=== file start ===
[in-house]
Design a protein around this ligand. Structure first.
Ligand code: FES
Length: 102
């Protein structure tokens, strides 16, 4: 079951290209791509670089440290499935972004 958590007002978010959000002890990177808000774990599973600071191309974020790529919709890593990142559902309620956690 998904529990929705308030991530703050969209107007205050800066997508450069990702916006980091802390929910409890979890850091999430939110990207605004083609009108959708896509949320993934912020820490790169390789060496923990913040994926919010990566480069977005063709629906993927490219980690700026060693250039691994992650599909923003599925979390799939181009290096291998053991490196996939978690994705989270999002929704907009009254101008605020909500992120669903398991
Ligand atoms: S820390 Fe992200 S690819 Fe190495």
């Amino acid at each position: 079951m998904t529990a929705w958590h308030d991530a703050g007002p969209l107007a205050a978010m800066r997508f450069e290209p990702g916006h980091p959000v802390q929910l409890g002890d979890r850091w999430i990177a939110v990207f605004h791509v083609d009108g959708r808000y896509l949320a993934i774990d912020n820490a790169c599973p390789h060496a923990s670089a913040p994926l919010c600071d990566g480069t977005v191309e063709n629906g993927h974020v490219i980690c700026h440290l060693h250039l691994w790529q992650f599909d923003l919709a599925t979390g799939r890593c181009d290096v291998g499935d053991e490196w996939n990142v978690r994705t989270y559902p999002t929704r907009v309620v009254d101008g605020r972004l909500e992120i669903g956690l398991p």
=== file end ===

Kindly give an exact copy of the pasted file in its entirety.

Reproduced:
[in-house]
Design a protein around this ligand. Structure first.
Ligand code: FES
Length: 102
């Protein structure tokens, strides 16, 4: 079951290209791509670089440290499935972004 958590007002978010959000002890990177808000774990599973600071191309974020790529919709890593990142559902309620956690 998904529990929705308030991530703050969209107007205050800066997508450069990702916006980091802390929910409890979890850091999430939110990207605004083609009108959708896509949320993934912020820490790169390789060496923990913040994926919010990566480069977005063709629906993927490219980690700026060693250039691994992650599909923003599925979390799939181009290096291998053991490196996939978690994705989270999002929704907009009254101008605020909500992120669903398991
Ligand atoms: S820390 Fe992200 S690819 Fe190495």
């Amino acid at each position: 079951m998904t529990a929705w958590h308030d991530a703050g007002p969209l107007a205050a978010m800066r997508f450069e290209p990702g916006h980091p959000v802390q929910l409890g002890d979890r850091w999430i990177a939110v990207f605004h791509v083609d009108g959708r808000y896509l949320a993934i774990d912020n820490a790169c599973p390789h060496a923990s670089a913040p994926l919010c600071d990566g480069t977005v191309e063709n629906g993927h974020v490219i980690c700026h440290l060693h250039l691994w790529q992650f599909d923003l919709a599925t979390g799939r890593c181009d290096v291998g499935d053991e490196w996939n990142v978690r994705t989270y559902p999002t929704r907009v309620v009254d101008g605020r972004l909500e992120i669903g956690l398991p």